The Pope goes on to say: ‘The mission of the Bishop of Rome within the College of all the Pastors consists precisely in ‘keeping watch, like a sentinel, so that, through the efforts of the pastors, the true voice of Christ the Shepherd may be heard in all the particular Churches. In this way, in each of the particular Churches entrusted to those pastors, the one, holy, catholic and apostolic Church is made present. In this way all the Churches are in full and visible communion, because all the pastors are in communion with Peter and therefore united in Christ’(n.94).

In recognising the special responsibility the Pope has to work for unity among Christians, Pope John-Paul II recognises that his ministry must be exercised in ways that are appropriate to today’s circumstances. He says: ‘I am convinced that I have a special responsibility to acknowledge the ecumenical aspirations of the majority of the Christian Communities and to heed the request made of me to find a way of exercising the primacy which, while in no way renouncing what is essential to its mission, is nonetheless open to a new situation’(n.95).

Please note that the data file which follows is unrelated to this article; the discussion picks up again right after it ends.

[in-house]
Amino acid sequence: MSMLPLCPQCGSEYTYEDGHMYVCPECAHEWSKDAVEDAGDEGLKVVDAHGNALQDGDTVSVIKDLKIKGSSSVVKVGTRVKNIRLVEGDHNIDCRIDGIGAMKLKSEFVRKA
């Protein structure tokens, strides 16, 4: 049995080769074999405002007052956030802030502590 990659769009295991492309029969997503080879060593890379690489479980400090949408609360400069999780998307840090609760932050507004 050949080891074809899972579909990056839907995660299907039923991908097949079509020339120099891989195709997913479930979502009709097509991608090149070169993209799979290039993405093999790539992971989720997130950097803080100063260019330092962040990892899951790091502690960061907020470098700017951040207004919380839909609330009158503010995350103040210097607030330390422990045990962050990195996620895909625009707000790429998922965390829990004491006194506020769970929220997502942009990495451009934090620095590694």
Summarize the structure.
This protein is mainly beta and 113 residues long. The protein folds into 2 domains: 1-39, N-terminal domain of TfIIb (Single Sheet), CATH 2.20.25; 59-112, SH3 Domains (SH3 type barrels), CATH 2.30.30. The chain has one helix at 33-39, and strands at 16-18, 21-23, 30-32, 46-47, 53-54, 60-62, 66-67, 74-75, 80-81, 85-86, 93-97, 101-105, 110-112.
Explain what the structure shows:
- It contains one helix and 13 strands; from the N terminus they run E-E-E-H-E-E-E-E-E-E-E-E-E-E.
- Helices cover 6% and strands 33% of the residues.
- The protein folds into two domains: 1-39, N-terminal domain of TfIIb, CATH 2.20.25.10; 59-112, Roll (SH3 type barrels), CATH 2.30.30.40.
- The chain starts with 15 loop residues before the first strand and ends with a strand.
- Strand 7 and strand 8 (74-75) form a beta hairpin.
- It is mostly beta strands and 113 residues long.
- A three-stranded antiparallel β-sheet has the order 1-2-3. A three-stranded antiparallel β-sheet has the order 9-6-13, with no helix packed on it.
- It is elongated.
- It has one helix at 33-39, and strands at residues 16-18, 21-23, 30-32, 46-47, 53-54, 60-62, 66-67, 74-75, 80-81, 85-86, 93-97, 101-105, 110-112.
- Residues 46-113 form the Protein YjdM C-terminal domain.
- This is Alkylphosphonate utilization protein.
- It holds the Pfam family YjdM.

He asks for help from all the Churches ‘that we may seek, together of course, the forms in which the ministry of the Papacy may accomplish a service of love recognised by all’(n.95). He quotes with approval the words of Pope Paul VI lamenting the divisions within Christianity as being a serious obstacle to the mission of Christ and repeats a prayer which Pope Paul VI shared with the Ecumenical Patriarch of Istanbul: ‘May the Holy Spirit guide us along the way of reconciliation, so that the unity of our Churches may become an ever more radiant sign of hope and consolation for all humankind’(n.99).

While we recognise the human weakness of individual Popes, let us remember the enormity of the ministry that the Pope has to carry. Let us support him by our prayers. While we must remain free to disagree with a Pope when he is wrong, let us never forget the special grace with which Jesus supports him. His ministry is to hold the whole of the Catholic world together. If that is truly a value, surely we can afford a little patience when Rome seems to be moving too slowly. Let us pay him the respect of our humble obedience as he guides us in our teaching, our governing and the loving that makes us holy.